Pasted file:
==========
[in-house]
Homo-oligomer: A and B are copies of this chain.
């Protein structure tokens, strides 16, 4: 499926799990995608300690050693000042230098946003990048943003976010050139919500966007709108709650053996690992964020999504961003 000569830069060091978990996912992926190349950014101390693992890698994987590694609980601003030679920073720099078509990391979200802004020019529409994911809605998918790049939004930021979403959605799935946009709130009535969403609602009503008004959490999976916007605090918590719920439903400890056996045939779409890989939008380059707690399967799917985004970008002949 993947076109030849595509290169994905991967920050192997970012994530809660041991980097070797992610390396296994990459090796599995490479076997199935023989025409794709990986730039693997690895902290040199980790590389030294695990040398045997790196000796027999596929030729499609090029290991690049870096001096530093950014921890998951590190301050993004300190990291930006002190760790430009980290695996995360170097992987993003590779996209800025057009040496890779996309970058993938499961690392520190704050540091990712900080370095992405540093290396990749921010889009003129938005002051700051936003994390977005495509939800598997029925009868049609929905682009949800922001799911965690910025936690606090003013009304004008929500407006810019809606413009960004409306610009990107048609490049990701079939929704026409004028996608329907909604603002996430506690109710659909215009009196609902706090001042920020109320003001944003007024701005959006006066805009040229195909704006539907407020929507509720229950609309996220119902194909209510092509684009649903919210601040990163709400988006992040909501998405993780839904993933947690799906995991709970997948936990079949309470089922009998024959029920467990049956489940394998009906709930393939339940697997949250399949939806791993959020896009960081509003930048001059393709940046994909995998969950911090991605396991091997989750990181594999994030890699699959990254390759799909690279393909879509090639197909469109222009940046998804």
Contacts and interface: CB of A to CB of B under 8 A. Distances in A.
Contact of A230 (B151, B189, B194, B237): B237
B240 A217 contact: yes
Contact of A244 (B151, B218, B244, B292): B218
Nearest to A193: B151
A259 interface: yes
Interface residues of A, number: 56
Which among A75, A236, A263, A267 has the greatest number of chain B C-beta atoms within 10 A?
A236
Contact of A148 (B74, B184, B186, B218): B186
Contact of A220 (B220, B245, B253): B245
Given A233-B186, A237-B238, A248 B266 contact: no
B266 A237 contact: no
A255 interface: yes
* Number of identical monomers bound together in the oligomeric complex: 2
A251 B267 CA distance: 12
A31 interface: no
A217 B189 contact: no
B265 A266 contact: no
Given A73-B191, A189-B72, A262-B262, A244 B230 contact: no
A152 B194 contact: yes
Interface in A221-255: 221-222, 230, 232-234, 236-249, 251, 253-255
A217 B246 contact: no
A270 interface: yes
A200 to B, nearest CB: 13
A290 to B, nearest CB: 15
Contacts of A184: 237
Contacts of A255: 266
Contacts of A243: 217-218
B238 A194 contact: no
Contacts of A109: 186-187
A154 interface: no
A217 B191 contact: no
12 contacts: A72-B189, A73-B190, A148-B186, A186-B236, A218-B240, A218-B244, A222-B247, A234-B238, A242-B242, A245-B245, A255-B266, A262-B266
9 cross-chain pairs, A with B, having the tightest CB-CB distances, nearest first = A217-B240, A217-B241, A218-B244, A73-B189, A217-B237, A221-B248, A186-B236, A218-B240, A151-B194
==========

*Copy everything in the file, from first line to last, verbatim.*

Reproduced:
[in-house]
Homo-oligomer: A and B are copies of this chain.
């Protein structure tokens, strides 16, 4: 499926799990995608300690050693000042230098946003990048943003976010050139919500966007709108709650053996690992964020999504961003 000569830069060091978990996912992926190349950014101390693992890698994987590694609980601003030679920073720099078509990391979200802004020019529409994911809605998918790049939004930021979403959605799935946009709130009535969403609602009503008004959490999976916007605090918590719920439903400890056996045939779409890989939008380059707690399967799917985004970008002949 993947076109030849595509290169994905991967920050192997970012994530809660041991980097070797992610390396296994990459090796599995490479076997199935023989025409794709990986730039693997690895902290040199980790590389030294695990040398045997790196000796027999596929030729499609090029290991690049870096001096530093950014921890998951590190301050993004300190990291930006002190760790430009980290695996995360170097992987993003590779996209800025057009040496890779996309970058993938499961690392520190704050540091990712900080370095992405540093290396990749921010889009003129938005002051700051936003994390977005495509939800598997029925009868049609929905682009949800922001799911965690910025936690606090003013009304004008929500407006810019809606413009960004409306610009990107048609490049990701079939929704026409004028996608329907909604603002996430506690109710659909215009009196609902706090001042920020109320003001944003007024701005959006006066805009040229195909704006539907407020929507509720229950609309996220119902194909209510092509684009649903919210601040990163709400988006992040909501998405993780839904993933947690799906995991709970997948936990079949309470089922009998024959029920467990049956489940394998009906709930393939339940697997949250399949939806791993959020896009960081509003930048001059393709940046994909995998969950911090991605396991091997989750990181594999994030890699699959990254390759799909690279393909879509090639197909469109222009940046998804």
Contacts and interface: CB of A to CB of B under 8 A. Distances in A.
Contact of A230 (B151, B189, B194, B237): B237
B240 A217 contact: yes
Contact of A244 (B151, B218, B244, B292): B218
Nearest to A193: B151
A259 interface: yes
Interface residues of A, number: 56
Which among A75, A236, A263, A267 has the greatest number of chain B C-beta atoms within 10 A?
A236
Contact of A148 (B74, B184, B186, B218): B186
Contact of A220 (B220, B245, B253): B245
Given A233-B186, A237-B238, A248 B266 contact: no
B266 A237 contact: no
A255 interface: yes
* Number of identical monomers bound together in the oligomeric complex: 2
A251 B267 CA distance: 12
A31 interface: no
A217 B189 contact: no
B265 A266 contact: no
Given A73-B191, A189-B72, A262-B262, A244 B230 contact: no
A152 B194 contact: yes
Interface in A221-255: 221-222, 230, 232-234, 236-249, 251, 253-255
A217 B246 contact: no
A270 interface: yes
A200 to B, nearest CB: 13
A290 to B, nearest CB: 15
Contacts of A184: 237
Contacts of A255: 266
Contacts of A243: 217-218
B238 A194 contact: no
Contacts of A109: 186-187
A154 interface: no
A217 B191 contact: no
12 contacts: A72-B189, A73-B190, A148-B186, A186-B236, A218-B240, A218-B244, A222-B247, A234-B238, A242-B242, A245-B245, A255-B266, A262-B266
9 cross-chain pairs, A with B, having the tightest CB-CB distances, nearest first = A217-B240, A217-B241, A218-B244, A73-B189, A217-B237, A221-B248, A186-B236, A218-B240, A151-B194